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Regional News

Pandemic Education At Western Governors University

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Courtesy of Western Governors University
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The pandemic has forced schools to move their teaching online for safety reasons. But there are education institutions that went online years ago to be more convenient for their constituents.

One is Western Governors University, a non-profit, online college that was created by western governors about 25 years ago to provide a lower-cost alternative to traditional higher education.“We provide online access for individuals who are looking to advance their degrees. Maybe they want to become teachers, go into the health professions, business or areas of IT. Those are the high-demand workforce areas that we primarily serve," said Tonya Drake, the chancellor of WGU’s Washington subsidiary.

Drake was in Spokane last week for a policy summit sponsored by the Association of Washington Business. I asked how the pandemic has changed a university that hasn’t had to spend time worrying about in-person learning.

Tonya Drake: “We’re seeing a large number of students who are rethinking their careers post-pandemic and what they want to do. Individuals who might be at Hanford and engineers and are transitioning because they want to be STEM teachers in the area and so we are excited, not only to see the growth in the programs, but in the mindsets of our students about how they can make a difference in their communities as well.”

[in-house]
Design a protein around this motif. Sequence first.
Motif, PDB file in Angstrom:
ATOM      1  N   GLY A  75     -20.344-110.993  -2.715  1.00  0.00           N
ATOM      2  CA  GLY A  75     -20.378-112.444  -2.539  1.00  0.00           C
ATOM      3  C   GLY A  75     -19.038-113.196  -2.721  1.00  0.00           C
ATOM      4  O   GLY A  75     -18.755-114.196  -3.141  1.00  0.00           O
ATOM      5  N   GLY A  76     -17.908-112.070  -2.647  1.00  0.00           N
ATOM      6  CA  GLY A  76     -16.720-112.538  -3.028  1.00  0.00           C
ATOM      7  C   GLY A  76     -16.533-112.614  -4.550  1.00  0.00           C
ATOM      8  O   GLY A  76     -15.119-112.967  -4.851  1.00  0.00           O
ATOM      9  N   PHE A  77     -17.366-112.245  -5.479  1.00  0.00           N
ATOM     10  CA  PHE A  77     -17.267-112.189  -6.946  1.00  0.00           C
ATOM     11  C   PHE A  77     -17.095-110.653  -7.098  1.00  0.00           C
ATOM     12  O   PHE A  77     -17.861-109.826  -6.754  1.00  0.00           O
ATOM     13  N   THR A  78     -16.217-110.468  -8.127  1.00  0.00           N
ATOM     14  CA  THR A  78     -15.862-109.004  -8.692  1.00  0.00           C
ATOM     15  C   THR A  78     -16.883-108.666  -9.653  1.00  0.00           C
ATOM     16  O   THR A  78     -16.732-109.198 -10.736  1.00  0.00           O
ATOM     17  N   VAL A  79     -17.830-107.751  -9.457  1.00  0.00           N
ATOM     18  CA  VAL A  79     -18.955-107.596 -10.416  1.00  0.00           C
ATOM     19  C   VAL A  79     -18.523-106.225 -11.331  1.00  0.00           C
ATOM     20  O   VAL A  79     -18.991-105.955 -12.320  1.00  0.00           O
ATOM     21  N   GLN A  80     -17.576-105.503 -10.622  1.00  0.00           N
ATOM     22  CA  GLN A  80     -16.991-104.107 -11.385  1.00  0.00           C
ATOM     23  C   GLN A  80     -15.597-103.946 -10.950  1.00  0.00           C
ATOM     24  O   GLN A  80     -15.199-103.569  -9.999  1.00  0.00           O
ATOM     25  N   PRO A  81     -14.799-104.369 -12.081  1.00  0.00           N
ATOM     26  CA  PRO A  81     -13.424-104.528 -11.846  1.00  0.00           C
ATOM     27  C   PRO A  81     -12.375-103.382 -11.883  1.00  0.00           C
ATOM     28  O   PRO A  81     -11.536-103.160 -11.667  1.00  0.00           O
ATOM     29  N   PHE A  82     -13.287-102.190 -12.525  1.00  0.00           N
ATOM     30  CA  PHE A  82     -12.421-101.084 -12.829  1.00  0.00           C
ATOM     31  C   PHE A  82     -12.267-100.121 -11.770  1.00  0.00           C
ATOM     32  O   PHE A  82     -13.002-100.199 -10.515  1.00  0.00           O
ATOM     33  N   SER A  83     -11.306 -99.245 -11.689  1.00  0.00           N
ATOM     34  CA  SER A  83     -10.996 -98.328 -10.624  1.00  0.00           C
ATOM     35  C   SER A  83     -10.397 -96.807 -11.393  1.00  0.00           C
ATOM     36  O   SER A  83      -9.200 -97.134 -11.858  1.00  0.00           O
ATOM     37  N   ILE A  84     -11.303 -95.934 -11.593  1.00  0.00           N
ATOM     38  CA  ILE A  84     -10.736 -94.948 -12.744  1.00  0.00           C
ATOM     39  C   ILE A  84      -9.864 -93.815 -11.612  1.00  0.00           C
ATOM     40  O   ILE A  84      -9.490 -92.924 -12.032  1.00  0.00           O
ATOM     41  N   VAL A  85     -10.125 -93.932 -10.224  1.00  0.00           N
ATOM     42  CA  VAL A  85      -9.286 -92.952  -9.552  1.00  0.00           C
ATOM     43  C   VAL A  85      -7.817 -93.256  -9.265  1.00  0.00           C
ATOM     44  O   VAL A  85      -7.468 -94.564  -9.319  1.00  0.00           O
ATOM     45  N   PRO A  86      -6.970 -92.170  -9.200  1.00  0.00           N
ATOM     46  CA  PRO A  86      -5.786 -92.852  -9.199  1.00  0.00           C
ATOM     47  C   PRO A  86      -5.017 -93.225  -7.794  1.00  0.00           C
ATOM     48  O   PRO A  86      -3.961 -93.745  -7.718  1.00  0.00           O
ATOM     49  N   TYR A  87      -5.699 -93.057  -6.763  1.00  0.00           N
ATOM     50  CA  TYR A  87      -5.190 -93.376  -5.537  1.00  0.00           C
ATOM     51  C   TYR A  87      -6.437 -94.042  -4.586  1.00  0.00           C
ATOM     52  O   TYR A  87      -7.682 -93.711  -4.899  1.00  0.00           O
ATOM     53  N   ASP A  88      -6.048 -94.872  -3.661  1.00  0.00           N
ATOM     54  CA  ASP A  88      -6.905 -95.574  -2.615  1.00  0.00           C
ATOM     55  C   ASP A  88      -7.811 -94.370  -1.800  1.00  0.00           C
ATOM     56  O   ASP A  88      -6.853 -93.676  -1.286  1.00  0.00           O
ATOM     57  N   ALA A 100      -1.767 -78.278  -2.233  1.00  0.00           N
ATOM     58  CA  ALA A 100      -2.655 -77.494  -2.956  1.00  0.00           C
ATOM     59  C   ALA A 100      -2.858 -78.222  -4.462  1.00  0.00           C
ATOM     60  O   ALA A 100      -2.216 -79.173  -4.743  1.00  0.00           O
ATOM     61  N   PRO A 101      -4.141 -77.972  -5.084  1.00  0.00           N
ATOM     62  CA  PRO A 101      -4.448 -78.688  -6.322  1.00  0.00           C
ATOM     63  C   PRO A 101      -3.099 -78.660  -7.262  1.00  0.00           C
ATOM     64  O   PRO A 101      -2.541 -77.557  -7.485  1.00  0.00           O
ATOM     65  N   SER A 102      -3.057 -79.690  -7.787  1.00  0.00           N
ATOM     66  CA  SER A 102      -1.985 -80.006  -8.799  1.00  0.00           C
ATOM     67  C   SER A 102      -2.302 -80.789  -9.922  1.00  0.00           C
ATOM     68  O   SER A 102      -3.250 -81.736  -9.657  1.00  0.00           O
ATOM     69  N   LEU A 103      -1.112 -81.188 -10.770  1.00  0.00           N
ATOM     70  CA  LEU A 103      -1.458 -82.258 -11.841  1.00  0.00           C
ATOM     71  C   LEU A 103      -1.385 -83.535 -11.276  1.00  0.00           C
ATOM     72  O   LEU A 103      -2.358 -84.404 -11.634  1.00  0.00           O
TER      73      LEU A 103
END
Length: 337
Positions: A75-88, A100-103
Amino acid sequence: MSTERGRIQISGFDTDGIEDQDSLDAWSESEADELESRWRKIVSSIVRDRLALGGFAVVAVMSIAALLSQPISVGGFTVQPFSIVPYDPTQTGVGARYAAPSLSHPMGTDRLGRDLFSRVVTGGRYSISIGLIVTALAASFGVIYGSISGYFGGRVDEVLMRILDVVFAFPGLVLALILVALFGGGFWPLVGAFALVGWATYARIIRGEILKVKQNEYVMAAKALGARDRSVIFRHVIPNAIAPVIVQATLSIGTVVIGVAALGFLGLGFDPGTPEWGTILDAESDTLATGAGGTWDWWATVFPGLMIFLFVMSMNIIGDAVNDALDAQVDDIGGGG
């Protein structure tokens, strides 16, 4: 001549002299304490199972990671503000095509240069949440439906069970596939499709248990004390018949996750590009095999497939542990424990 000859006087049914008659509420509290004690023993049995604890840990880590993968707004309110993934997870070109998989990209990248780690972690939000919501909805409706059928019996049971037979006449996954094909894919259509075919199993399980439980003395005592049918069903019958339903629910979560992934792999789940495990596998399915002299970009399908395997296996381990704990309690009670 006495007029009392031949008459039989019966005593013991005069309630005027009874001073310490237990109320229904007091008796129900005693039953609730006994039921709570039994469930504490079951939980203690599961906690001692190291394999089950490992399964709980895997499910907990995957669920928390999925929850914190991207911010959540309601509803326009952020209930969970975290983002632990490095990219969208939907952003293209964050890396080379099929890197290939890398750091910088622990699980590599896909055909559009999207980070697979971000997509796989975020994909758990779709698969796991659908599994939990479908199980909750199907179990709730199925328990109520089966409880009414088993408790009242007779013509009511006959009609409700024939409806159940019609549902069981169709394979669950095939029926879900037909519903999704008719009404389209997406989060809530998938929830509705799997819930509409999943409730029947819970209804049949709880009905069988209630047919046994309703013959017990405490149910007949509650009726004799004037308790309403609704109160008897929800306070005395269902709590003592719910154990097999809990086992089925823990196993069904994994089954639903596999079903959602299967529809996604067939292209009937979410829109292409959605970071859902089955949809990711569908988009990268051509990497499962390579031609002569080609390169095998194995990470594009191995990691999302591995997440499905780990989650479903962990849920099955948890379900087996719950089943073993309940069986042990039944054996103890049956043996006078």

Drake was joined in Spokane by WGU Washington’s executive dean for the College of Education, Mark Milliron.

Mark Milliron: “We really leaned hard, for example, into a new program that we’re calling our para-pro-to-teacher pathways. We got about a $5 million grant from the U.S. Department of Education to leverage federal work-study to work directly with school districts to allow them to help their para-pros, help fund those para-pros, get them into educational programs and, as they’re working as teacher aides, as they’re working as support folks in the schools, they can get on the pathway toward becoming a teacher and, as you can imagine, it’s a great way to make sure somebody who’s from Spokane can stay in Spokane because they can get paid as they’re on that pathway even while they’re doing student teaching and becoming a teacher of record. We’re definitely leaning into innovation during this time. We’re seeing big expansions in cybersecurity. We’re seeing big expansions especially in behavioral health care. That’s going to be happening post-pandemic.”

I asked about how the college is recruiting people for careers that seem to be losing their luster, where there are shortages of workers, in teaching and health care.